“You can kid the world, but not your sister.” ~ Charlotte Gray
February 16-March 2, 2013
“Lincoln, Nebraska? Who do you know in Lincoln, Nebraska?” Chloe Skyped from her laptop to Ali’s.
“Not a soul. I just needed to choose a stopover between Rapid City, South Dakota, and Dixon, Illinois, and when I looked at a map, Lincoln popped out at me,” said Ali.
“Is it my imagination, or is there an unexpected theme developing for this trip? First Mount Rushmore and now Lincoln, Nebraska—and isn’t there a monument to Lincoln in Dixon, too?”
Ali chuckled. “Yes, well, I don’t remember issuing a formal invitation, but Abraham Lincoln does seem to have become my incorporeal traveling companion.”
“Maybe he got cabin fever from hanging around the Lincoln bedroom all the time,” Chloe teased. “Didn’t you say he was in a dream you had a while back, too?”
“Uh-huh, he was one of the people at the Thanksgiving table. He’s been in dreams of mine in the past, too. I told that to a therapist once; famous people frequently show up in my dreams. She said that’s a bit unusual. When I told her about one dream involving Lincoln, she said, ‘That sounds more like a memory than a dream.’ We never explored that, but her comment and the concept obviously stuck with me.”
“Do you believe in past lives?” Chloe asked.
“Not really—though I don’t totally discount the possibility. I haven’t spent much time thinking about it, probably because it conflicts with my beliefs about God and heaven and life after death. I don’t have a burning need to figure it all out.
“Whatever the reason, I do feel a special affinity with Abraham Lincoln. Apparently, the universe thinks he has a lot to teach me, because it keeps throwing us together. I can’t say that I see any strong parallels between our lives or personalities—I wish I did! He was such a brilliant and admirable man, and I’ve learned a lot just from reading about his life.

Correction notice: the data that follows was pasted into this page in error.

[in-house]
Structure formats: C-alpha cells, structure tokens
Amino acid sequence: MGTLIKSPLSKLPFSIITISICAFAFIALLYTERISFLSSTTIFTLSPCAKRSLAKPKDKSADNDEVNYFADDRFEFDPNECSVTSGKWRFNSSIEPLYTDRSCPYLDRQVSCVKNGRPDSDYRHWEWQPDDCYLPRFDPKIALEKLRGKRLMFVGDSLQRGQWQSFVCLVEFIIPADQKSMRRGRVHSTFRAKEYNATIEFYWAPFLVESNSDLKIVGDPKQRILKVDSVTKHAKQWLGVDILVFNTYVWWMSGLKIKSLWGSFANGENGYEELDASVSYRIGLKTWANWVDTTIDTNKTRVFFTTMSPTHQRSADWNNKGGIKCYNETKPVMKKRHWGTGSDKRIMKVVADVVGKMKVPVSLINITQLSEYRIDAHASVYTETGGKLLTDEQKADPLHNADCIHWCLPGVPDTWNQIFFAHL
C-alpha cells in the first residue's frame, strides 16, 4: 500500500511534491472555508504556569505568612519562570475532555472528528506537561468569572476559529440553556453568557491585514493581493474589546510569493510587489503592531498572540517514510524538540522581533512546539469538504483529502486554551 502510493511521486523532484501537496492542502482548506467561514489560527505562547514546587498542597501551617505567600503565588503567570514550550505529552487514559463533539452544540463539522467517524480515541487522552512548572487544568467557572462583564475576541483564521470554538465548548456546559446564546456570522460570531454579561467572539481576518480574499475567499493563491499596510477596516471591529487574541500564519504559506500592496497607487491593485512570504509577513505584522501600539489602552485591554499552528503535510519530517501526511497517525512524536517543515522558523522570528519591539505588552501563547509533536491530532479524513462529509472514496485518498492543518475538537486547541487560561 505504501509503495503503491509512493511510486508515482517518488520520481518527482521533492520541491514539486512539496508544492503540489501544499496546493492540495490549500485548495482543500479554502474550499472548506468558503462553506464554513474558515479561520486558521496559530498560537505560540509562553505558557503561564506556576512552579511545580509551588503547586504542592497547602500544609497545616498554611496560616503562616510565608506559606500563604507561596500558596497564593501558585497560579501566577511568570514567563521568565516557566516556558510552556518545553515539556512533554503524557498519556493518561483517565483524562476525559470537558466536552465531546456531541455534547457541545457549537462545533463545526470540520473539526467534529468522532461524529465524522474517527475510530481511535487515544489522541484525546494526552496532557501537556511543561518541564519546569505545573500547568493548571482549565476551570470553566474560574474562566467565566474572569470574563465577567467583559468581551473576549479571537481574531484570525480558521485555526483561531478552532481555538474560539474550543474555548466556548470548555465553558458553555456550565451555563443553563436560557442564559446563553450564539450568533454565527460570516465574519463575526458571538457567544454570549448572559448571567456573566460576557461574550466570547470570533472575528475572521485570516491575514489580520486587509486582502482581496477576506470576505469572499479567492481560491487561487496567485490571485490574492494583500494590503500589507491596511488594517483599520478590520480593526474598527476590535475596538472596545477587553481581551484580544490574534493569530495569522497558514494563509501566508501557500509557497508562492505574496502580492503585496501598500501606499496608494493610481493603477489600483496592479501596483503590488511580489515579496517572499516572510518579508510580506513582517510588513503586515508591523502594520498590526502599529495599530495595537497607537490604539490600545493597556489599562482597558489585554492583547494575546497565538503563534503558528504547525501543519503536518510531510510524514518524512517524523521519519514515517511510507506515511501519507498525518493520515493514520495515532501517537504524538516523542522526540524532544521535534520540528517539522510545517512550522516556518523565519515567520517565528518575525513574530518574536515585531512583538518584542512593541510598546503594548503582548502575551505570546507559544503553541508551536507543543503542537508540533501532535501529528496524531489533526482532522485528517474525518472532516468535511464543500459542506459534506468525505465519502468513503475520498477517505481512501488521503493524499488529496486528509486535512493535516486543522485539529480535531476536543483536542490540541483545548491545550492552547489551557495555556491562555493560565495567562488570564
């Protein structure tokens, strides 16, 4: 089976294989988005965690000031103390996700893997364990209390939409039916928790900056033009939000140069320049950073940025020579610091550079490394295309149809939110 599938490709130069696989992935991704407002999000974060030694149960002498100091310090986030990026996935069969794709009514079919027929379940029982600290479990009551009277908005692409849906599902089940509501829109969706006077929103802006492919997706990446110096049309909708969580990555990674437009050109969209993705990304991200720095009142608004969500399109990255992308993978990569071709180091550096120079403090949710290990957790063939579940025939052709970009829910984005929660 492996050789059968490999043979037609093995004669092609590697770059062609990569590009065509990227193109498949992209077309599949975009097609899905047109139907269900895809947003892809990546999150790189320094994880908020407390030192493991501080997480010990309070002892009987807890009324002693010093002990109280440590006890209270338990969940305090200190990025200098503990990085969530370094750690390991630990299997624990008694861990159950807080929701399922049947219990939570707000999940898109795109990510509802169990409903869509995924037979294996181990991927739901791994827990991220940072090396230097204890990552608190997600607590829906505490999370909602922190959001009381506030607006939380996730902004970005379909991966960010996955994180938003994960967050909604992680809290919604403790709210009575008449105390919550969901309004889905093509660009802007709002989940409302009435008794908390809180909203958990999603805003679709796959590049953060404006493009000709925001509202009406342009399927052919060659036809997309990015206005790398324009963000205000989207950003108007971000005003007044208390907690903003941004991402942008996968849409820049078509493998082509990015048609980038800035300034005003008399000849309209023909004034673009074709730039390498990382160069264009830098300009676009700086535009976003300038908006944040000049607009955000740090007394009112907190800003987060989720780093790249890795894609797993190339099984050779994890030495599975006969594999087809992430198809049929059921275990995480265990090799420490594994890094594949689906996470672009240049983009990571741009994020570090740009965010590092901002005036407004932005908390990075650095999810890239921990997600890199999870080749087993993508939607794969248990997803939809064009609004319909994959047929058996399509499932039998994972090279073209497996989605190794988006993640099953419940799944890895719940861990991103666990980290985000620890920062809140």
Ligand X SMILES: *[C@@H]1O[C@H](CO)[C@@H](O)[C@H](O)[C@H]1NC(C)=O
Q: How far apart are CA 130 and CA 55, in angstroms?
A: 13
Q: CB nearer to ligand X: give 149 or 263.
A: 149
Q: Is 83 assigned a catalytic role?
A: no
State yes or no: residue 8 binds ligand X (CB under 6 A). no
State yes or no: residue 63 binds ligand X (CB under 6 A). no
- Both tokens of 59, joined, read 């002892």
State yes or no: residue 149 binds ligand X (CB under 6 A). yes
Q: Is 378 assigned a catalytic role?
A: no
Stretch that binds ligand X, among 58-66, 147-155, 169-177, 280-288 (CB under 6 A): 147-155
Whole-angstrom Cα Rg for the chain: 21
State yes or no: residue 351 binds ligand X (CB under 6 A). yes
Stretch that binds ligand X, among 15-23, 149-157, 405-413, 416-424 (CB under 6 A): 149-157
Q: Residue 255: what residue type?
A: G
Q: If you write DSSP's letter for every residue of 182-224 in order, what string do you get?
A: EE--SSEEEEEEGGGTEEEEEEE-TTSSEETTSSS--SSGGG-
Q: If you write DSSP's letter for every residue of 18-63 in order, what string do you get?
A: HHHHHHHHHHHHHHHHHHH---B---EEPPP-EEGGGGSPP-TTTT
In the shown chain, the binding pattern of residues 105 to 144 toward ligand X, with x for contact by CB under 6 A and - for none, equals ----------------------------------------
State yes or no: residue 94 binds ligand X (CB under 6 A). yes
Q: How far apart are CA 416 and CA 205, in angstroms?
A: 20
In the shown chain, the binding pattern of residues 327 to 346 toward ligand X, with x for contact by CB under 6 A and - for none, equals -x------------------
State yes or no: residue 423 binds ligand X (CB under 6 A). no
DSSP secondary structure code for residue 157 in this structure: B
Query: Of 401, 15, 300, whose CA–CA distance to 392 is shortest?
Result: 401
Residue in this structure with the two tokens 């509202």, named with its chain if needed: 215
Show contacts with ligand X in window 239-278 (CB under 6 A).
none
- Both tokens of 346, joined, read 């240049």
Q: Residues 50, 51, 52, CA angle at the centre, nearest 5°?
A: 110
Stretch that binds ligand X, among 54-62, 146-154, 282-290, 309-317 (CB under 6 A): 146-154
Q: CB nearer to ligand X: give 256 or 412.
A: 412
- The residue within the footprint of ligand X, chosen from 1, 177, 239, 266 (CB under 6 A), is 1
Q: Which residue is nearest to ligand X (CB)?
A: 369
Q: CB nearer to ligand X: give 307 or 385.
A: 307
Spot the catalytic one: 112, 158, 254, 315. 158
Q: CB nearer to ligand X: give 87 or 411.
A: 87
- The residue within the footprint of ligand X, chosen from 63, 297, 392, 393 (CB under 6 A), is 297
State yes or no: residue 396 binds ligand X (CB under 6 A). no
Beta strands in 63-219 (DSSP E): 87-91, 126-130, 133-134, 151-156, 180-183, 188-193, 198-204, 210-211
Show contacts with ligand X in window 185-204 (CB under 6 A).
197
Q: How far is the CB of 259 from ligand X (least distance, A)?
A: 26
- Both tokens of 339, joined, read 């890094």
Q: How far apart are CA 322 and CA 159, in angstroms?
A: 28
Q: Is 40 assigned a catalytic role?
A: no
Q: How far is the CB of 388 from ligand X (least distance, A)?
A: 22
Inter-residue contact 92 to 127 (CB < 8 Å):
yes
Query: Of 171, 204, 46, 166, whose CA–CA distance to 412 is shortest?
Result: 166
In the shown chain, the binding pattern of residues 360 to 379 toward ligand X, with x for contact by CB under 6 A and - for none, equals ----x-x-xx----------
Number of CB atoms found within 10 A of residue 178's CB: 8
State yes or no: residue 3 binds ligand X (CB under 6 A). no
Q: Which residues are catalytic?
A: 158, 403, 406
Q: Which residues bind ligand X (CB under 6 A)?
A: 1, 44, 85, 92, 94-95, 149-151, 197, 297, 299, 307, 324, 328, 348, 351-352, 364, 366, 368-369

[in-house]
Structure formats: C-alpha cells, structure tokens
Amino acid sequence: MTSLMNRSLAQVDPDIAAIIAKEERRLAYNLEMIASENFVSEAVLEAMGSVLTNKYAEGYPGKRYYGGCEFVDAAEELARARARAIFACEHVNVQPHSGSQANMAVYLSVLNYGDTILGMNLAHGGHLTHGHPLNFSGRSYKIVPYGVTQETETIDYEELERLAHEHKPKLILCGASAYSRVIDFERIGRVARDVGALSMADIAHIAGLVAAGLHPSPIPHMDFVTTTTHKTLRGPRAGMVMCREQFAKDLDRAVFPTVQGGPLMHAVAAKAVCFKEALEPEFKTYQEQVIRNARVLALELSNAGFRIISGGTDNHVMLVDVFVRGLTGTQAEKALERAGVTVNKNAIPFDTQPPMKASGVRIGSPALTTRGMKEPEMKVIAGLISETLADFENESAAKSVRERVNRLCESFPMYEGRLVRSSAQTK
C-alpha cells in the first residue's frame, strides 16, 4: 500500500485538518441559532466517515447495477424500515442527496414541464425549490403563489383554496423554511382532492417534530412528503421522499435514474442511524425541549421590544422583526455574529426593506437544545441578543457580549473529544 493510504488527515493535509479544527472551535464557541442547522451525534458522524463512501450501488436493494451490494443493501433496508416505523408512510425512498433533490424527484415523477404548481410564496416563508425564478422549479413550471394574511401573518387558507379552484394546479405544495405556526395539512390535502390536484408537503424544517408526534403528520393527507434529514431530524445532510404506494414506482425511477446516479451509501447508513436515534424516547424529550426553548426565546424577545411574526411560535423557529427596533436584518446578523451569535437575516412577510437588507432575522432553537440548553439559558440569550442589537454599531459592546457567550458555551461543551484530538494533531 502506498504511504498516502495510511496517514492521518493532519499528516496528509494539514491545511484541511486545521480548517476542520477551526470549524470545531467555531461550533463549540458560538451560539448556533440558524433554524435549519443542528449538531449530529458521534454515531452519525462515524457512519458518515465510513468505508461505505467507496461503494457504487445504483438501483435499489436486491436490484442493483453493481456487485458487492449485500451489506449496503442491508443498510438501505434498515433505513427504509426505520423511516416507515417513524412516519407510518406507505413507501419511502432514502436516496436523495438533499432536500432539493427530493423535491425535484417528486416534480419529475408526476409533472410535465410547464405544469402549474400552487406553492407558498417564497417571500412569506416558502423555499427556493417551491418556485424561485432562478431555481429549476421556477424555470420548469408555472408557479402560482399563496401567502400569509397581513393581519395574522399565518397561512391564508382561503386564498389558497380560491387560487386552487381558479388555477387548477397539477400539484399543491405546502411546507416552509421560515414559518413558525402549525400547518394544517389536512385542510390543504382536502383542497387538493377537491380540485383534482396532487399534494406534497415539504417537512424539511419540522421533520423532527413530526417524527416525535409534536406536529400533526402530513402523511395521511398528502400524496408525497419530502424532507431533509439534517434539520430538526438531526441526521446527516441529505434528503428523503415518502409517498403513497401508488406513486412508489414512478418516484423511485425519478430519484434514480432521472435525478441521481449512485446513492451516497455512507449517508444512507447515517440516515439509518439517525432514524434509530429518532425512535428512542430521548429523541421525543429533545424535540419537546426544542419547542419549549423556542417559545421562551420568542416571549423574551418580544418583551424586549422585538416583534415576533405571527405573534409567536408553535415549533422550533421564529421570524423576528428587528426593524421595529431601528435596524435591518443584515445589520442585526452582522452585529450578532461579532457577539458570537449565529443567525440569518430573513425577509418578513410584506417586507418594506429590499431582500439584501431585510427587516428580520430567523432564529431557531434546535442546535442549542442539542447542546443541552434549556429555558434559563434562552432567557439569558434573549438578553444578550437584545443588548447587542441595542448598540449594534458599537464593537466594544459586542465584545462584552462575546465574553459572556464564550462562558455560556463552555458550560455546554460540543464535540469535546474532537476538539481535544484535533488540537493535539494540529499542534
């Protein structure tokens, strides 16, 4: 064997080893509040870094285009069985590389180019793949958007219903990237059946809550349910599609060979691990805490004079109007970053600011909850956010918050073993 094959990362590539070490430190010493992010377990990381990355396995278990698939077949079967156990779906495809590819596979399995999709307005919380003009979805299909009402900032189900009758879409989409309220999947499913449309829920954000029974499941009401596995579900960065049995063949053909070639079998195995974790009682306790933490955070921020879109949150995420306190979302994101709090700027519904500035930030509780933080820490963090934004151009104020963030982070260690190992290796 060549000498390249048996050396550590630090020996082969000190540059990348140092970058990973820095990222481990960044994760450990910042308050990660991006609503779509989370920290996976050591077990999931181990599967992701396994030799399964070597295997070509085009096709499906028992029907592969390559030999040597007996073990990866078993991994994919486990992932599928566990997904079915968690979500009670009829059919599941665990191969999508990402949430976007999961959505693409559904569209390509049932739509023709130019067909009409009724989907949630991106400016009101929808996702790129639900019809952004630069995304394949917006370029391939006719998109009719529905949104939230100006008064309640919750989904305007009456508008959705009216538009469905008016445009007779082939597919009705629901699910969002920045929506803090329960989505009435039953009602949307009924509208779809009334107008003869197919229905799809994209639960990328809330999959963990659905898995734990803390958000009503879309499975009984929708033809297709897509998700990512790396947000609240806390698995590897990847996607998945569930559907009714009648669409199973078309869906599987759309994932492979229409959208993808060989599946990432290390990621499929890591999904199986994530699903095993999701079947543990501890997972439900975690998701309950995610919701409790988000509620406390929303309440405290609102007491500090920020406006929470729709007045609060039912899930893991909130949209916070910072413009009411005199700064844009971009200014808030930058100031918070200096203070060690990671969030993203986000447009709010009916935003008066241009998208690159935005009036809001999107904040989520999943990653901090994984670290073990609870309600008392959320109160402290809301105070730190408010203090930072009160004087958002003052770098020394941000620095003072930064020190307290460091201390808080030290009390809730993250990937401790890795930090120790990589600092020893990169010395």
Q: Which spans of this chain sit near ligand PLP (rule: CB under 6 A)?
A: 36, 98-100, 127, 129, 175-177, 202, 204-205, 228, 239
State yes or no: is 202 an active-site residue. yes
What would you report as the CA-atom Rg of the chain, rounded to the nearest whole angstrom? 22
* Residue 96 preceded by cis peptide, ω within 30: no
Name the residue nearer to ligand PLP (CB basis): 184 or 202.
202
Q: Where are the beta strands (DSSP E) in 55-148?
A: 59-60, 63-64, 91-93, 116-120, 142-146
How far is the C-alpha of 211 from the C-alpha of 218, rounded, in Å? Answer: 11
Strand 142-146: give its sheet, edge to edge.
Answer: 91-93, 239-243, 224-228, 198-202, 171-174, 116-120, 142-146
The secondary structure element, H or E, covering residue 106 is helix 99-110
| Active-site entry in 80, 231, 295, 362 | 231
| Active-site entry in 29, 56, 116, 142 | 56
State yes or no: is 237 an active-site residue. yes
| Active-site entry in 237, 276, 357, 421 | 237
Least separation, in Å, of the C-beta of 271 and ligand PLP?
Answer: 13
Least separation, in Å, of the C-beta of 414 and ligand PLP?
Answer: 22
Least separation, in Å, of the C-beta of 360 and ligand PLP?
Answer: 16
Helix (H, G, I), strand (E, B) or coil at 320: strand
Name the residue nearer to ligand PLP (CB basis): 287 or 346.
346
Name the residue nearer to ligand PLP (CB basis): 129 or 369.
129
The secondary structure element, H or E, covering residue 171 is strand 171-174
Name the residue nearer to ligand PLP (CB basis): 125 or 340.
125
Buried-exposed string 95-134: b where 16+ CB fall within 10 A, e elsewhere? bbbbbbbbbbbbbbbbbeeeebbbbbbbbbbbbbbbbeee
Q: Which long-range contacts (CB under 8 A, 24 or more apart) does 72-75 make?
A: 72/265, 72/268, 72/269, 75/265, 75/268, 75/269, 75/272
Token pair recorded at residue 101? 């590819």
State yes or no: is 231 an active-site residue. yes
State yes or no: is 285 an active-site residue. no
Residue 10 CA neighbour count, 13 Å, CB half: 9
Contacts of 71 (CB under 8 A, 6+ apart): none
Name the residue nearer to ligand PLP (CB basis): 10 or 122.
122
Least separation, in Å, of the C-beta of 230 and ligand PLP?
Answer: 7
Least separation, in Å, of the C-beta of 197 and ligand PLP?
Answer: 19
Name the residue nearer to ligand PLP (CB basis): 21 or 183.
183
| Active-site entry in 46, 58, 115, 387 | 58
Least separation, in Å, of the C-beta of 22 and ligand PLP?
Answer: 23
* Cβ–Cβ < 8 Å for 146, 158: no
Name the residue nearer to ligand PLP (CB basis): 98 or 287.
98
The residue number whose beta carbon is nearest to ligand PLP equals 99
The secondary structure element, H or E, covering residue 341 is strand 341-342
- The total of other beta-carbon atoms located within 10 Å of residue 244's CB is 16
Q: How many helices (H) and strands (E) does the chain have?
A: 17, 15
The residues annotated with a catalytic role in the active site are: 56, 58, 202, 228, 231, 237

“It’s pretty amazing how many ‘quotable quotes’ are attributed to him. One of my favorites is ‘The best thing about the future is that it comes one day at a time.’ That’s certainly a truth I have clung to since Isaac and Zoe died.”
“Okay, enough about Abe. How are you doing? You look good—or as good as anyone looks on Skype,” said Chloe.
“I’m okay. It’s hard to believe I’ve only been gone for six weeks.”
“And even harder to believe you’ll be gone another eight months! I really miss you, Ali Oop.”
“I miss you too. If it weren’t for technology, I think I’d feel pretty lost. I’m journaling a lot in the evenings, too.
“Valentine’s Day was hard, and, of course the anniversary of the accident. Thank goodness Nathan was with me; that made it much easier. I was determined not to let the days surrounding it devolve into pity parties, so we concentrated on remembering the good things. One night, Nathan and I sat in front of a fire in the hotel lobby with a bottle of Isaac’s favorite wine and a box of Ding Dongs—Zoe’s favorite junk food—and told funny stories about her and her dad. It made me miss them more and miss them less, both at the same time.”
Neither of them said anything for a few moments, then Chloe shifted the conversation to a lighter topic.
“How’s Tess? Are you glad you took her along?”
“She’s great. She’s not much of a conversationalist, but she’s good company anyway. And I doubt I’d be as vigilant about getting exercise if I didn’t have her along to coax me into taking walks.”
“Have you had any trouble finding pet-friendly places to stay?”
“Not as much as you might think. It’s pretty easy to do internet searches for places that allow dogs, and there are usually several to choose from. I guess more and more people are traveling with pets these days.”
“Where are you staying now?”
“I’m at The Rogers House B&B. It’s right in the middle of the historic downtown district, just a few blocks from the capitol. I really love these old mansions. This one was built in 1914. You should see this room! They call it Doctor’s Retreat. Here, I’ll show you.” Ali picked up the laptop and turned it slowly to pan around the room.
“Is that a four-poster bed?” asked Chloe.
“Yep. And there’s a little sunroom that Tess has claimed for herself.”
“How long do you think you’ll stay in Lincoln? Is there much to do there in February?”
“I’m planning to stay a couple of weeks, since I don’t need to be in Dixon until March 3rd. There seems to be plenty to see here. I’m told that the Art Deco capitol building is amazing and a ‘must see.’ Then there’s the Larson Tractor Museum.”